Out of all the questions & comments we receive here at TMJ Hope, one in particular stands out. Why have hope? What exactly is there to be hopeful for?
When you have chronic pain, sometimes it is difficult to think too far in the future. Especially when you are first diagnosed with TMJ disorder, it’s hard to understand why this isn’t like many other conditions. Why can’t TMJ disorder patients just take a pill or have a surgery and be cured? This is also, as it happens, one of the most difficult questions to answer as a patient advocate (and a TMJD patient, myself). I seem to sit on the fence in a way – while I understand logically that we need more science, and the treatment out there needs to be more effective (and I support those things 150% percent)…. none of that really means anything when you are trying to eat a nice meal with your family (without pain). And that’s why we’re here today. I had the opportunity to talk with Dr. Edmond Truelove, a dentist and Professor of Oral Medicine at the University of Washington School of Dentistry. What is there to be hopeful about in the world of TMJ disorder?
It turns out, there are many reasons to have hope!
The advancements in research and treatment for TMJ disorder patients highly depend on the type of issue the patient is dealing with.
For example, someone with what Dr. Truelove calls “mechanical jaw dysfunction,” (that is, someone who has mechanical limitations and cannot open their mouth, but no significant pain) will be looking at a different future than someone who can move their jaw well, but has significant pain. For patients with significant pain, Dr. Truelove explained that there is research emerging that suggests the area that supplies the pain, the trigeminal system, may not respond as well to chronic narcotics, and treating the pain this way may even add to it. So this suggests that in the future, opioids may not be as good of a treatment for this type of pain as people originally thought. There is basic research looking into alternative medications to treat this type of pain.
There are also some exciting developments around using the fMRI (functional MRI, which allows researchers to evaluate activity in the brain live, as it happens) to look at changes in the brain caused by pain. When pain exists for a long period of time, the brain can change or shrink, and this makes it even harder to recover from chronic pain – even if the source of the pain has been removed. This concept, called ‘central sensitization,’ means that the brain is actually generating the pain (instead of the TMJ itself). Dr. Truelove explains how this offers hope for TMJ pain: “If you could know, that the person with TMJ pain has developed central sensitization for certain, you could say that surgery is a very bad decision Because it’s notgoing to stop your pain….or occlusal changes from orthodontics are not going to help you because this is centrally generated pain. This would allow TMJ patients to avoid invasive costly treatments that in the end, become frustrating because they cost a lot of money and the patients end up being the same, or worse.”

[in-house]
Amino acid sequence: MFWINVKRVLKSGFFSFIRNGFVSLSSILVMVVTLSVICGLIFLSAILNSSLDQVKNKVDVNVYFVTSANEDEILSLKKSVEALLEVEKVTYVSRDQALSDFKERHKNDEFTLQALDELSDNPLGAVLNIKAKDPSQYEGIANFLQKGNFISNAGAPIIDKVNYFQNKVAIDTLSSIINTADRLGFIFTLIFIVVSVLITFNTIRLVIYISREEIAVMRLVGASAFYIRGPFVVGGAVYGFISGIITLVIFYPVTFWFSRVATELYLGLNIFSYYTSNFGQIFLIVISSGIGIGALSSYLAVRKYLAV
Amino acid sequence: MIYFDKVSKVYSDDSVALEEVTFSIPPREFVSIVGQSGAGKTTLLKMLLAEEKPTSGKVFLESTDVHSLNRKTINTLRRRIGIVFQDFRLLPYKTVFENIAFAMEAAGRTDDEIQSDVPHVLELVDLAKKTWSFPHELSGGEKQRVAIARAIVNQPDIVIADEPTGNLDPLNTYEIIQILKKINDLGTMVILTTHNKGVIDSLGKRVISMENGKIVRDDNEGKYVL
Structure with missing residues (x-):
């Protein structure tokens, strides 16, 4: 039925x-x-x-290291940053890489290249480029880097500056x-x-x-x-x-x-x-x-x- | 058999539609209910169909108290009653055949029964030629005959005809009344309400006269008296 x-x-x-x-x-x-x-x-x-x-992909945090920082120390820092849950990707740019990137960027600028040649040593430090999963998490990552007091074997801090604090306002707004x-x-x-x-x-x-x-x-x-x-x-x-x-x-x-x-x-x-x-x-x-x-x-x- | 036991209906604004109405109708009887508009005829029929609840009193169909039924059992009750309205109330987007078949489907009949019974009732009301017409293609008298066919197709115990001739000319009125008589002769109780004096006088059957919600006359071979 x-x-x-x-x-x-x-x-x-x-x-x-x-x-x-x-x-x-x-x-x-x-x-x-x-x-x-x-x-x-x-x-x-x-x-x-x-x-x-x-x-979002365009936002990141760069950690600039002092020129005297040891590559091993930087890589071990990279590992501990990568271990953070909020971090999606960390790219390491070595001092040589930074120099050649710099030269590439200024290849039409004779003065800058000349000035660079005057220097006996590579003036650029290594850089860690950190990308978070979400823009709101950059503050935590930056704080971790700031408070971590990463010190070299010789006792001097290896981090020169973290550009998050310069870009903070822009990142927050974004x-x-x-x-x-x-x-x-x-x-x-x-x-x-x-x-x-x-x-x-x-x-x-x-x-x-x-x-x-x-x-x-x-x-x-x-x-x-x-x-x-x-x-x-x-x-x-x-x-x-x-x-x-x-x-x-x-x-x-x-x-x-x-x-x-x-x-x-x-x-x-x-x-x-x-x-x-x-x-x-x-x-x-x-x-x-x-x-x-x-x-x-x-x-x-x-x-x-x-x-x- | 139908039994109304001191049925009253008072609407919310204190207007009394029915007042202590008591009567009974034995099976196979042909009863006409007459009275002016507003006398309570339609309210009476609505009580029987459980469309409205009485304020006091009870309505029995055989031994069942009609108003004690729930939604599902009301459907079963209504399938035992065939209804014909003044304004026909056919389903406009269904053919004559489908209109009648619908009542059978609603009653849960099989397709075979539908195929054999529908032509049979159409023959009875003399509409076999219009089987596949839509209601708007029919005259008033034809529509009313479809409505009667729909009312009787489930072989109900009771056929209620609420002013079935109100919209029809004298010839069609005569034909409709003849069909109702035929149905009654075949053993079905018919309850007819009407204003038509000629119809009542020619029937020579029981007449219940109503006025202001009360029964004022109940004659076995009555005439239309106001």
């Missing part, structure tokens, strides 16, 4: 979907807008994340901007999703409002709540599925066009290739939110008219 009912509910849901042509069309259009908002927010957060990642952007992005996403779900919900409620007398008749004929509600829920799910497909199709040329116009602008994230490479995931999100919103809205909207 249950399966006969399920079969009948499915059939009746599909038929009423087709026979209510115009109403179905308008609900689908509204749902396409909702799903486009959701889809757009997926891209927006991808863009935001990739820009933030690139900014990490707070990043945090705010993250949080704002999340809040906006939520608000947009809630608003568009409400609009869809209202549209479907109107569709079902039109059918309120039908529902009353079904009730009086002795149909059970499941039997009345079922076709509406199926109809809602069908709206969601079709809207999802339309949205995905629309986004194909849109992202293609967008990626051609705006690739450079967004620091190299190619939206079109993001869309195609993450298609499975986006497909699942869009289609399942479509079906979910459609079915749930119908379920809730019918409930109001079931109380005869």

Another hopeful area of research is looking into the idea of reproductive hormones and their effect on TMJ pain. Some of the research at the University of Washington has shown that reproductive hormones play a significant role. Dr. Truelove believes that in the future, we will have the ability to treat these hormone issues, which could have an effect on people’s pain.
Thanks to the University of Washington, Dr. Truelove, his colleagues, and others like them, we now have a glimpse into the future of TMJ disorder and can see that there IS hope.
Dr. Edmond L. Truelove, Professor of Oral Medicine at the University of Washington School of Dentistry, retired as chair of the school’s Department of Oral Medicine on June 30. During his tenure as chair, which began in 1971, he is credited with building one of the nation’s leading departments of oral medicine, with an especially strong research component. A member of the American Dental Association’s Scientific Affairs Council, he has obtained more than three dozen funded grants, written more than 100 papers, and given more than 200 presentations and continuing-education lectures. He remains on the UW faculty and now devotes the bulk of his time to patient care, teaching and research. He is continuing his studies on oral dysplasia and lesions, with grants pending for work on pain and temporo-mandibular disorders as well as anti-microbial treatments for oral lesions and disease. He also is active in the Washington State Dental Association and Seattle King County Dental Society. A native of Indiana, he received his DDS degree from Indiana University, where he also was a postdoctoral fellow in the Department of Dental Genetics.